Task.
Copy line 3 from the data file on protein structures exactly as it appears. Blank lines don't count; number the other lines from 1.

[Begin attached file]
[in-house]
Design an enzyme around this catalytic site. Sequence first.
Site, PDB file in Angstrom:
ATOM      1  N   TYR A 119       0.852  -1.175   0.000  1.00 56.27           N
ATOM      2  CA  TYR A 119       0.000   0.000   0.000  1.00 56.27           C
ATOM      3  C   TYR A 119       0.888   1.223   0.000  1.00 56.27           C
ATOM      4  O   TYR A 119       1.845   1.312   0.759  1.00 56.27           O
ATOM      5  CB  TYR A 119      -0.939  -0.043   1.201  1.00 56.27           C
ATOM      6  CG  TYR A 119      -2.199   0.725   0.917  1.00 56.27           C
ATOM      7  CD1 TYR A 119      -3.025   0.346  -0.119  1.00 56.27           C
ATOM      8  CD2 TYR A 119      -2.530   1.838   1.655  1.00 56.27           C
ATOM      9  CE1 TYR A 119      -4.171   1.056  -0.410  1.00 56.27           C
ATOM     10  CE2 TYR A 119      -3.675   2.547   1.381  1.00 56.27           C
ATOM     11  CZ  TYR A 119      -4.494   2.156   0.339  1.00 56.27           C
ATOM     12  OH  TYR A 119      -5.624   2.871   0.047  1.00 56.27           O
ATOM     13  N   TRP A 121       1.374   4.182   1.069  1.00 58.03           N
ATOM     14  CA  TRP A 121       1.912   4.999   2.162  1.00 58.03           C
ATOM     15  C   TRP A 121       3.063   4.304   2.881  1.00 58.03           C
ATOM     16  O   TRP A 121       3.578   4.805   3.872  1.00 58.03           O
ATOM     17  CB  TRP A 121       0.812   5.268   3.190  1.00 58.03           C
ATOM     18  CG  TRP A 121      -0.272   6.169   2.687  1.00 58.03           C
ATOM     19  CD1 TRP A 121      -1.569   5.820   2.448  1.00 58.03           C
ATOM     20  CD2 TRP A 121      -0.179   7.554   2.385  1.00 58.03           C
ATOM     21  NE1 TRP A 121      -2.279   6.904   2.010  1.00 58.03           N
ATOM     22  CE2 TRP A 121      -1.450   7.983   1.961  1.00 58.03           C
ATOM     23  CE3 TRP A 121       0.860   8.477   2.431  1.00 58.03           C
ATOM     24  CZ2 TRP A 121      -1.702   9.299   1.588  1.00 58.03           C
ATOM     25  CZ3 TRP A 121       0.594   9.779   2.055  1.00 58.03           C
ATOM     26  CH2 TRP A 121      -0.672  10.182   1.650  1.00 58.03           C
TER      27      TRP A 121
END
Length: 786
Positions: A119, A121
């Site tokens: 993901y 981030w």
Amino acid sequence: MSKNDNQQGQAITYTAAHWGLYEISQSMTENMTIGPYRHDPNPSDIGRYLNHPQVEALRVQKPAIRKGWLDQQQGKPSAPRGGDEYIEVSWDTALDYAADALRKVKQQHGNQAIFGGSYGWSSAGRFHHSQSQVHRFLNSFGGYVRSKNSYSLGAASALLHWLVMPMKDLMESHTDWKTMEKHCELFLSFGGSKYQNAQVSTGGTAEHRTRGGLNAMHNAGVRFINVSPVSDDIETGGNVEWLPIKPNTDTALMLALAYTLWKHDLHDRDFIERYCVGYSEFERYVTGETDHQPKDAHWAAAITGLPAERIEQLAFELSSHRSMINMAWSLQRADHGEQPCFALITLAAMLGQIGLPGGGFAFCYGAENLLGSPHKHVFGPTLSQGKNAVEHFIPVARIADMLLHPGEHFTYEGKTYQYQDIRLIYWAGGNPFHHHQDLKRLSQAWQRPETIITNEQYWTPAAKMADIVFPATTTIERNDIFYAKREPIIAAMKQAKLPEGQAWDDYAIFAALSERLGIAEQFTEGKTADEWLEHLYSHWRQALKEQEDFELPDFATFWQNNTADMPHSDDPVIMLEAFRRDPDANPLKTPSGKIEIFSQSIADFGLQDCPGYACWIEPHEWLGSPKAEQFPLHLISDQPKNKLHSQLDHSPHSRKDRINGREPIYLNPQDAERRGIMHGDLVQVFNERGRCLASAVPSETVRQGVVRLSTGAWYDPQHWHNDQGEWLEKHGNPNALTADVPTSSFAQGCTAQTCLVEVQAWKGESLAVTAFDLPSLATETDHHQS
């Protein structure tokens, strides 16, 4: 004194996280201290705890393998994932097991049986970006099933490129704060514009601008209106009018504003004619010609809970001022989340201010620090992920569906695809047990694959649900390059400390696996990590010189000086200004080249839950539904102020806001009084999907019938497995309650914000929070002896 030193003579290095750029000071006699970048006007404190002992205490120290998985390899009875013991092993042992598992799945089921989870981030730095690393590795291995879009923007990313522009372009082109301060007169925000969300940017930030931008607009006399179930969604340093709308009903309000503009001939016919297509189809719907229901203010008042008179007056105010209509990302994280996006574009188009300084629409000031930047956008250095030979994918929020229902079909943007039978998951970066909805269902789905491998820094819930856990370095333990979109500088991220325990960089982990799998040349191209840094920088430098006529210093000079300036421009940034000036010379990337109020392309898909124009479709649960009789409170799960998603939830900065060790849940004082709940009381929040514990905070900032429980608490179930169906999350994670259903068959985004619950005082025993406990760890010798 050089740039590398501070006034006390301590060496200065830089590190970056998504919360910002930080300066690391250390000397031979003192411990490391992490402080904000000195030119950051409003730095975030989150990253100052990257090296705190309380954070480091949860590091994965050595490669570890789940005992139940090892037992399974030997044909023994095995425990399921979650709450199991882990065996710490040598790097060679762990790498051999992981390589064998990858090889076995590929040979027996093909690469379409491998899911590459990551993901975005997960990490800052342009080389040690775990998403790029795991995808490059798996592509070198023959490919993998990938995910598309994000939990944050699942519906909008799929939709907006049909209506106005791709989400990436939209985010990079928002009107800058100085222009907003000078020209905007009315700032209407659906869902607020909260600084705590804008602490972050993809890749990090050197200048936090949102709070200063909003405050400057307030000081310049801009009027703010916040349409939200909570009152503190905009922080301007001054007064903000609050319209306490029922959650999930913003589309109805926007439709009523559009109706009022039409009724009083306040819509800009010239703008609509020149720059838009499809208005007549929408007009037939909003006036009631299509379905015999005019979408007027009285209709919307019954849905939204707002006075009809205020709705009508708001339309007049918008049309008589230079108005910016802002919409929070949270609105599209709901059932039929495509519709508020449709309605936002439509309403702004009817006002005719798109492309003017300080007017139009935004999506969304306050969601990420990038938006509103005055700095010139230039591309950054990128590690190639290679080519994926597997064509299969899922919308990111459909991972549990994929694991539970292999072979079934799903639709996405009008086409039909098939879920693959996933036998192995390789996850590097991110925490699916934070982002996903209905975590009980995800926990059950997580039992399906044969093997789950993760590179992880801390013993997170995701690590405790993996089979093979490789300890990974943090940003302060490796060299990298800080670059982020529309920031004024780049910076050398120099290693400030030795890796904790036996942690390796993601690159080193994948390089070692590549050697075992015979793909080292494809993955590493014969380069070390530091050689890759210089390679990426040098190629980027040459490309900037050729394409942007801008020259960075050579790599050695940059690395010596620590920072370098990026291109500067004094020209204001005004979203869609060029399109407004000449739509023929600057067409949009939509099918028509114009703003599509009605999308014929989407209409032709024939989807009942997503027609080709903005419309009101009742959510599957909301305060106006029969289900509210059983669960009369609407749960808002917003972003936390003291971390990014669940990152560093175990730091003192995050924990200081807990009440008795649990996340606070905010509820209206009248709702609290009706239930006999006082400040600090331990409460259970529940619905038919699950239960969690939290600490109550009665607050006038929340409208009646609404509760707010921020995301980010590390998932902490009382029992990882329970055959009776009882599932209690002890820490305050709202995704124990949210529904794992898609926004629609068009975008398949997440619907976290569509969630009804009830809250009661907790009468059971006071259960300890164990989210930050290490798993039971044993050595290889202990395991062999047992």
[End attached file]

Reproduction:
Site, PDB file in Angstrom: